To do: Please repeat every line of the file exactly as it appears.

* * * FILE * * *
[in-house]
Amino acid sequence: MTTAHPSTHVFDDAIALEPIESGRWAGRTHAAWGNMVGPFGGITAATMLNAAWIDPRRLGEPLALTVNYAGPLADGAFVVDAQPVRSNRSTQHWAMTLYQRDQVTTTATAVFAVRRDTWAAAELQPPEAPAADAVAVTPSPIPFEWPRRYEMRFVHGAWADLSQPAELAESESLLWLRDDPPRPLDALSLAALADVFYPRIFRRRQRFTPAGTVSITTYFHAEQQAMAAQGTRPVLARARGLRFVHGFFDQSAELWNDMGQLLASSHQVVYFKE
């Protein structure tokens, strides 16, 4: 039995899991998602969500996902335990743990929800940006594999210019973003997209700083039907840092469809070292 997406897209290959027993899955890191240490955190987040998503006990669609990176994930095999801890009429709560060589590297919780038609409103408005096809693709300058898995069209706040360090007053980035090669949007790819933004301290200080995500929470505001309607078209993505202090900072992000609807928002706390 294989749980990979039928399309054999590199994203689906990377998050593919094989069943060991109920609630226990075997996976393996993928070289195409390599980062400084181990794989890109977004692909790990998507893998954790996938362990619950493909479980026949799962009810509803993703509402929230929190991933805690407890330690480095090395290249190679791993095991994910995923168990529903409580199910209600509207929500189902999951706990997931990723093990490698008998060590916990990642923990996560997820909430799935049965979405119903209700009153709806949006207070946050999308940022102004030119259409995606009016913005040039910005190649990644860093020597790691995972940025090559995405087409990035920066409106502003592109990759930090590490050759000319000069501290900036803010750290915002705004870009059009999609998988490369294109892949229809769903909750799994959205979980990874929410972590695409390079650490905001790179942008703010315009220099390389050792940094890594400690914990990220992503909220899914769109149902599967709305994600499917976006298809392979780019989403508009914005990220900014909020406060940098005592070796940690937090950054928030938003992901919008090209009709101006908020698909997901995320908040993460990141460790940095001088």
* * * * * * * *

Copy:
[in-house]
Amino acid sequence: MTTAHPSTHVFDDAIALEPIESGRWAGRTHAAWGNMVGPFGGITAATMLNAAWIDPRRLGEPLALTVNYAGPLADGAFVVDAQPVRSNRSTQHWAMTLYQRDQVTTTATAVFAVRRDTWAAAELQPPEAPAADAVAVTPSPIPFEWPRRYEMRFVHGAWADLSQPAELAESESLLWLRDDPPRPLDALSLAALADVFYPRIFRRRQRFTPAGTVSITTYFHAEQQAMAAQGTRPVLARARGLRFVHGFFDQSAELWNDMGQLLASSHQVVYFKE
């Protein structure tokens, strides 16, 4: 039995899991998602969500996902335990743990929800940006594999210019973003997209700083039907840092469809070292 997406897209290959027993899955890191240490955190987040998503006990669609990176994930095999801890009429709560060589590297919780038609409103408005096809693709300058898995069209706040360090007053980035090669949007790819933004301290200080995500929470505001309607078209993505202090900072992000609807928002706390 294989749980990979039928399309054999590199994203689906990377998050593919094989069943060991109920609630226990075997996976393996993928070289195409390599980062400084181990794989890109977004692909790990998507893998954790996938362990619950493909479980026949799962009810509803993703509402929230929190991933805690407890330690480095090395290249190679791993095991994910995923168990529903409580199910209600509207929500189902999951706990997931990723093990490698008998060590916990990642923990996560997820909430799935049965979405119903209700009153709806949006207070946050999308940022102004030119259409995606009016913005040039910005190649990644860093020597790691995972940025090559995405087409990035920066409106502003592109990759930090590490050759000319000069501290900036803010750290915002705004870009059009999609998988490369294109892949229809769903909750799994959205979980990874929410972590695409390079650490905001790179942008703010315009220099390389050792940094890594400690914990990220992503909220899914769109149902599967709305994600499917976006298809392979780019989403508009914005990220900014909020406060940098005592070796940690937090950054928030938003992901919008090209009709101006908020698909997901995320908040993460990141460790940095001088």